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Hardiness: USDA Zone 3a: to -39.9 °C (-40 °F) USDA Zone 3b: to -37.2 °C (-35 °F) USDA Zone 4a: to -34.4 °C (-30 °F) USDA Zone 4b: to -31.6 °C (-25 °F) USDA Zone 5a: to -28.8 °C (-20 °F) USDA Zone 5b: to -26.1 °C (-15 °F) USDA Zone 6a: to -23.3 °C (-10 °F) USDA Zone 6b: to -20.5 °C (-5 °F) USDA Zone 7a: to -17.7 °C (0 °F) USDA Zone 7b: to -14.9 °C (5 °F) USDA Zone 8a: to -12.2 °C (10 °F) USDA Zone 8b: to -9.4 °C (15 °F) USDA Zone 9a: to -6.6 °C (20 °F) USDA Zone 9b: to -3.8 °C (25 °F)
Sun Exposure: Sun to Partial Shade Light Shade
Bloom Color: Pale Pink Violet/Lavender
Bloom Time: Mid Fall
Other details: This plant is attractive to bees, butterflies and/or birds Drought-tolerant; suitable for xeriscaping Average Water Needs; Water regularly; do not overwater This plant is resistant to deer
Soil pH requirements: 6.1 to 6.5 (mildly acidic) 6.6 to 7.5 (neutral) 7.6 to 7.8 (mildly alkaline)
Patent Information: Non-patented
Propagation Methods: By dividing rhizomes, tubers, corms or bulbs (including offsets)
Seed Collecting: N/A: plant does not set seed, flowers are sterile, or plants will not come true from seed
On Sep 26, 2007, Maece from Colorado Springs, CO (Zone 5b) wrote:
(Sep 26, 2007) I just bought some of these from Santa Fe Greenhouses (High Country Gardens) in August. I was expecting that I might have to wait until next fall to see them - but the shoots are poking up just now. I do hope that October isn't going to be too cold for them, and that they will be a darker pink than the pictures I've seen here (the pictures on the box were dark pink), and that they will bloom happily for years instead of contracting whatever virus stops them from blooming.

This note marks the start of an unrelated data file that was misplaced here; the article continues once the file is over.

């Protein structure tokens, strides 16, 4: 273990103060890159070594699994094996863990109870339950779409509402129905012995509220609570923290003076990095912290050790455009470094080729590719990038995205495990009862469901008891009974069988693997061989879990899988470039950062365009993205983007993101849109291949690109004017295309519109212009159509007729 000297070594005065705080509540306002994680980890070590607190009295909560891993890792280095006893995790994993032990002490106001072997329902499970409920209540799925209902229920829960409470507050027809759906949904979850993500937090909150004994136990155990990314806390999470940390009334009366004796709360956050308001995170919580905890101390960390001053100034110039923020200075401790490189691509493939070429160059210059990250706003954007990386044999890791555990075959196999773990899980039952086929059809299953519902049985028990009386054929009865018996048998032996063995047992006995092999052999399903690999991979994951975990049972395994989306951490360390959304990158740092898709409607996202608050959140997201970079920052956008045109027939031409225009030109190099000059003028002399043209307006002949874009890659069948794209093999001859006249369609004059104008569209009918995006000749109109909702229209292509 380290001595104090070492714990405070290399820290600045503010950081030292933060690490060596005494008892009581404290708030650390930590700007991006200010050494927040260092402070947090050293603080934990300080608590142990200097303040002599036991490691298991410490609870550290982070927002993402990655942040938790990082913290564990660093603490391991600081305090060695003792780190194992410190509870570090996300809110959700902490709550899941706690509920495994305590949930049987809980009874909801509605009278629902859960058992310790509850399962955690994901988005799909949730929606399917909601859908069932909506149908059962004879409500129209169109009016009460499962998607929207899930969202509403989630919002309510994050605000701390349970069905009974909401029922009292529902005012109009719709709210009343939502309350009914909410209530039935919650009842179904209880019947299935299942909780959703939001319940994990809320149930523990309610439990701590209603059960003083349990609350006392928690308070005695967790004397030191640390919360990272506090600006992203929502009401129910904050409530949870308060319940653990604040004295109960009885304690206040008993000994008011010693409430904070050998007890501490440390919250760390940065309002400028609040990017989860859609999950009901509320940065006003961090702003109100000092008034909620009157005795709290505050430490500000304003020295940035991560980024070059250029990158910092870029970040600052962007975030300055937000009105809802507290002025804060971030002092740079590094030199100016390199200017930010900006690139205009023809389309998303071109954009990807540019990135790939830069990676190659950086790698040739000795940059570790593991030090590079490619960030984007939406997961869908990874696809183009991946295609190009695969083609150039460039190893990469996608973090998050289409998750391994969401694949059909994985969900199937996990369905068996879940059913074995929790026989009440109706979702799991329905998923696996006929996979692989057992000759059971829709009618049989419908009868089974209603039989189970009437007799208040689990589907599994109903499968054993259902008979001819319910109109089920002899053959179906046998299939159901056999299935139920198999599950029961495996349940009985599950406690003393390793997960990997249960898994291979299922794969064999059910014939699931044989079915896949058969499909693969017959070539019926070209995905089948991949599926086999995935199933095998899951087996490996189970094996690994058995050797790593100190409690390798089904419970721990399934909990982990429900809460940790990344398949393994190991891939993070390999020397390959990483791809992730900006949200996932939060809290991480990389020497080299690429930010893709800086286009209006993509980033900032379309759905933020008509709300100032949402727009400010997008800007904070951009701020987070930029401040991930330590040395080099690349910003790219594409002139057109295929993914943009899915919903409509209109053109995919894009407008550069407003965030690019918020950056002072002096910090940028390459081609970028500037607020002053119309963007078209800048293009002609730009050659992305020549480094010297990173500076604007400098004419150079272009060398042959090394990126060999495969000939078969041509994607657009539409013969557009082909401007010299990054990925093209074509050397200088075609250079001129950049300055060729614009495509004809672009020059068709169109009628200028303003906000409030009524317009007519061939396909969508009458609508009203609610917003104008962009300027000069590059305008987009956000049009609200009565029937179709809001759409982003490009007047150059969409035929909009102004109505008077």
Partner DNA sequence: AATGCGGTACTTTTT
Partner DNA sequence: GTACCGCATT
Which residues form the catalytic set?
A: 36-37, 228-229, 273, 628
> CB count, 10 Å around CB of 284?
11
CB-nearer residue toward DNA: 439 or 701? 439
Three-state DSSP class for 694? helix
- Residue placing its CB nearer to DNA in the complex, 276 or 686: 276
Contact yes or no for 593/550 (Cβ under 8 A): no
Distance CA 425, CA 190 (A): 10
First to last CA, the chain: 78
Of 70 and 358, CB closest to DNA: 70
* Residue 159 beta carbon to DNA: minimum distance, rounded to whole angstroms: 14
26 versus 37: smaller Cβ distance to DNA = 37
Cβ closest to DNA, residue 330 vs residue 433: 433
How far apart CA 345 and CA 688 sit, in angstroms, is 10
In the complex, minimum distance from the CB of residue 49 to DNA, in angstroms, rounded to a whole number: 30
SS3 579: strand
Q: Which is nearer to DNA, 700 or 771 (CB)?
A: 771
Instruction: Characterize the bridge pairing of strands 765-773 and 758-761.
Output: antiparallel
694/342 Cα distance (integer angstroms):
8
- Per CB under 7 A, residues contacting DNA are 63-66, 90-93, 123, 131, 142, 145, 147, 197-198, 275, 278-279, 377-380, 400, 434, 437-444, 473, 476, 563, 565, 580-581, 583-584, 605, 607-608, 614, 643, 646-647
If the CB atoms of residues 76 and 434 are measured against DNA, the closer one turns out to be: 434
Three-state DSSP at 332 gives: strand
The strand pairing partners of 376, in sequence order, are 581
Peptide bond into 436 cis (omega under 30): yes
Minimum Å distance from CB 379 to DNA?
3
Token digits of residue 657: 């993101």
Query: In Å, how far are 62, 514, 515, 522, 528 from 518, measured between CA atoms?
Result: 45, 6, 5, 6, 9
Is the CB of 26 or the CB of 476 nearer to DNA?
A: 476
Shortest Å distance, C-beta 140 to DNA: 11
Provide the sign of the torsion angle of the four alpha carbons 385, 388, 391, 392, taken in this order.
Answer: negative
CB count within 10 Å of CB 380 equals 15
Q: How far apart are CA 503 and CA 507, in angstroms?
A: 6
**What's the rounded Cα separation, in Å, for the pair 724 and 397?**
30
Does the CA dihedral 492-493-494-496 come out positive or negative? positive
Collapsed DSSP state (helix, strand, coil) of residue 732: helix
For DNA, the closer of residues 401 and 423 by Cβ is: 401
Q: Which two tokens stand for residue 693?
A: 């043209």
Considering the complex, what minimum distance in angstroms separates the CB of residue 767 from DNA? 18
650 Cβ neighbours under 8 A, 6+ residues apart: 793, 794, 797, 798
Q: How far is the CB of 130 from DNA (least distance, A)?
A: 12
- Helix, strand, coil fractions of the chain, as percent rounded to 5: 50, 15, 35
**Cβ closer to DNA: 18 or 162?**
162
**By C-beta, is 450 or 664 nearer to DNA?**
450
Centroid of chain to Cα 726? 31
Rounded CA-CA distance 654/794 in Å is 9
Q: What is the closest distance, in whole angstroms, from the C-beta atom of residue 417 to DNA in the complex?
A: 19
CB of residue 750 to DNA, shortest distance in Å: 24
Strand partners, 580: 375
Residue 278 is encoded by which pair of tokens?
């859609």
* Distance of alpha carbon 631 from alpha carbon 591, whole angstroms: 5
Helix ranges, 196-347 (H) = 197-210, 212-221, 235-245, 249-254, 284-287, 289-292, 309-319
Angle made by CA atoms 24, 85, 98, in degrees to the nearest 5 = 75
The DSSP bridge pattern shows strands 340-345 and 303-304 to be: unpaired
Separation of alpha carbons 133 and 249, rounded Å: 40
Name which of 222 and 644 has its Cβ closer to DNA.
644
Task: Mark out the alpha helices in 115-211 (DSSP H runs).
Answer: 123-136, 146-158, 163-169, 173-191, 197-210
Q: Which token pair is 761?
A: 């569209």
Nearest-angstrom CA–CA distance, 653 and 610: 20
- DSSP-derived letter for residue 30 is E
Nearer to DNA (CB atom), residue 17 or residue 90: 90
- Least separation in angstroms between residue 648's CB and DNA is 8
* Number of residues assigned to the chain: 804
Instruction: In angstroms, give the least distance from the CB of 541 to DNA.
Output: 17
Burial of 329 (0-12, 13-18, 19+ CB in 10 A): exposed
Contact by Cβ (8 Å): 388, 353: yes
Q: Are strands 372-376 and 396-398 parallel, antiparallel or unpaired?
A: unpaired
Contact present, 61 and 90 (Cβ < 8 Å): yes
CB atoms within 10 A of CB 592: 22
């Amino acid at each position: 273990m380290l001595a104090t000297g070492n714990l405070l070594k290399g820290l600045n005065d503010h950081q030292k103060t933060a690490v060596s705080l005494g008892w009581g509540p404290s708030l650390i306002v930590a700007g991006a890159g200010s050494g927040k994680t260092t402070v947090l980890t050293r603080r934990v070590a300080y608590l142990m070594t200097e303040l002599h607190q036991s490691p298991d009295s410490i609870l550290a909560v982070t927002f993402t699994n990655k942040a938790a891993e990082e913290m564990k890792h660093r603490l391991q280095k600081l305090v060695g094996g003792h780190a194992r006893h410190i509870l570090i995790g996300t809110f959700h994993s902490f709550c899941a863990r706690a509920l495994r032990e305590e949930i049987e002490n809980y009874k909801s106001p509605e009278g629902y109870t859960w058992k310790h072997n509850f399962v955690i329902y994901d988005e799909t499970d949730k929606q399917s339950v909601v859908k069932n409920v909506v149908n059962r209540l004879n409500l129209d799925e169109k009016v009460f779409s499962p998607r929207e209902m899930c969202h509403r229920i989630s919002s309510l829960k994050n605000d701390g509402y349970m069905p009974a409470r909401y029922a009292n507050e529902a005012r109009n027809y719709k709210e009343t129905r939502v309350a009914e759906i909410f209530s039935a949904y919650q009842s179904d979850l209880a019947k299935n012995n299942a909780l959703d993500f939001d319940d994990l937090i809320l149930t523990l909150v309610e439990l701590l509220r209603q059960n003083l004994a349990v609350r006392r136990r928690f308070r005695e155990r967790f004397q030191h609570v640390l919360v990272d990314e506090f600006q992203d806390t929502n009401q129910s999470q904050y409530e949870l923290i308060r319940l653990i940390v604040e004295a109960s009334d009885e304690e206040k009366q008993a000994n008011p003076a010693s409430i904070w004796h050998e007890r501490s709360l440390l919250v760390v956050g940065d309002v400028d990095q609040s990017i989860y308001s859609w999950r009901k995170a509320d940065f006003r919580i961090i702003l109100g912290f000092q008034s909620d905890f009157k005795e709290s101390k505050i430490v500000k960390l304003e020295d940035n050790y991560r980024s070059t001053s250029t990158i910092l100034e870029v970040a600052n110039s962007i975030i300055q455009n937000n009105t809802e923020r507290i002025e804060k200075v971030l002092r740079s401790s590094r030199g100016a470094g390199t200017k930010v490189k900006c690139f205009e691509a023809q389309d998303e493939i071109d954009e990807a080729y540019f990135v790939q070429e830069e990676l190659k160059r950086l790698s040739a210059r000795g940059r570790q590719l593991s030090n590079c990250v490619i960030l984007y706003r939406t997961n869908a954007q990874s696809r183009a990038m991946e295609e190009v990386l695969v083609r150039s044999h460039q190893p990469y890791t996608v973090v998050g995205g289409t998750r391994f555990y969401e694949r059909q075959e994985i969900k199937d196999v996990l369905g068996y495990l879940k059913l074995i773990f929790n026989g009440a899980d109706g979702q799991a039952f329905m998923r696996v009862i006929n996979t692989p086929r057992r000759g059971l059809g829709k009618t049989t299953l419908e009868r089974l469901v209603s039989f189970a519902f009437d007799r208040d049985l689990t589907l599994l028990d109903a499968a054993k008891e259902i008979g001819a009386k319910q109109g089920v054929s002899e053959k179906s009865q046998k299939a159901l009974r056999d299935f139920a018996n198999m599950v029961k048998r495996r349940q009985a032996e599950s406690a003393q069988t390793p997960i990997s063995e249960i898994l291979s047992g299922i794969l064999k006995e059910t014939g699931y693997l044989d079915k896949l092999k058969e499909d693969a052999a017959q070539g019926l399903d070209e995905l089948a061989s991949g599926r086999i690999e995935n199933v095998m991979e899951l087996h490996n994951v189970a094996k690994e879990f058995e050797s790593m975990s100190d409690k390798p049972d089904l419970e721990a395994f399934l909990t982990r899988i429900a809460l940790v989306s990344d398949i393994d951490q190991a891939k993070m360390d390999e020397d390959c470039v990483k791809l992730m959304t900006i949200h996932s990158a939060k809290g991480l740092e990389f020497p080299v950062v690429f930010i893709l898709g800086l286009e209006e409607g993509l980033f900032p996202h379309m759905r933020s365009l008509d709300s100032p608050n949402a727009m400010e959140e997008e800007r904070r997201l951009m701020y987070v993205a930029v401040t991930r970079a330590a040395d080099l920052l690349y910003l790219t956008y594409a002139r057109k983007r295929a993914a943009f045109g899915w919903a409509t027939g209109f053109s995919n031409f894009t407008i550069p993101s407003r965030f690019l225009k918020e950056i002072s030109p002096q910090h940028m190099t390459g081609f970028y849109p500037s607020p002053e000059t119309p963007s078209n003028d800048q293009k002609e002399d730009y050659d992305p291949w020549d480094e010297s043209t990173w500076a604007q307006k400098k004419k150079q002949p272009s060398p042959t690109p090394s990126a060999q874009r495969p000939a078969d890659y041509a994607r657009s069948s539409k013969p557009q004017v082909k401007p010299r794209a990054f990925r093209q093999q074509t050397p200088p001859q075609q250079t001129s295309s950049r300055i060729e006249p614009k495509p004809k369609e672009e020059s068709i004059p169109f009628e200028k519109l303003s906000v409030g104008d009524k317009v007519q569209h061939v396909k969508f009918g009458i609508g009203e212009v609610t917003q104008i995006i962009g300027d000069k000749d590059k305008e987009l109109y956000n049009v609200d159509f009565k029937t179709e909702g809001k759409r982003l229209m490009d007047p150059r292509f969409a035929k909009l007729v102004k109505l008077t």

(Jan 19, 2009) They were not the dark pink color of the advertisement pictures, and some of them seem to have died off. Last fall, some of them did rebloom, but not as many as the first fall. I can already see grass shoots coming up now in 4 spots (I originally bought 10 bulbs), so I know that they didn't all die, but they certainly don't seem to be multiplying/naturalizing as crocuses supposedly will.
On May 12, 2004, Howard_C from St John's, NL wrote:
Kotchy's Crocus is one of the 30 or so autumn flowering species. (It is often offered in the trade as C. zonatus.) As with most of these the leaves do not appear until the following spring.
HOWEVER, those I have acquired of Dutch origin seem to have picked up a virus and mutiply rapidly, produce lots of leaves but very rarely flower and when they do they are deformed.
I finally managed to find some healthy corms from Ruksans in Latvia in fall 2002. They have come through two winters in St John's, Newfoundland (Canadian zone 5b), show signs of increase, and seem to be one of the half dozen or so fall flowering species that can cope with our climate. (I remember seeing a large drift of them in grass at Wisley years ago.)
The flowers, which appear here in October, are rather fragile and need protection from the wind, but, now that I have them, I think they have been worth the effort! Since they have no leaves of their own at flowering time a gap amongst other plants is a good location.
This plant has been said to grow in the following regions:
Garberville, California Colorado Springs, Colorado Corpus Christi, Texas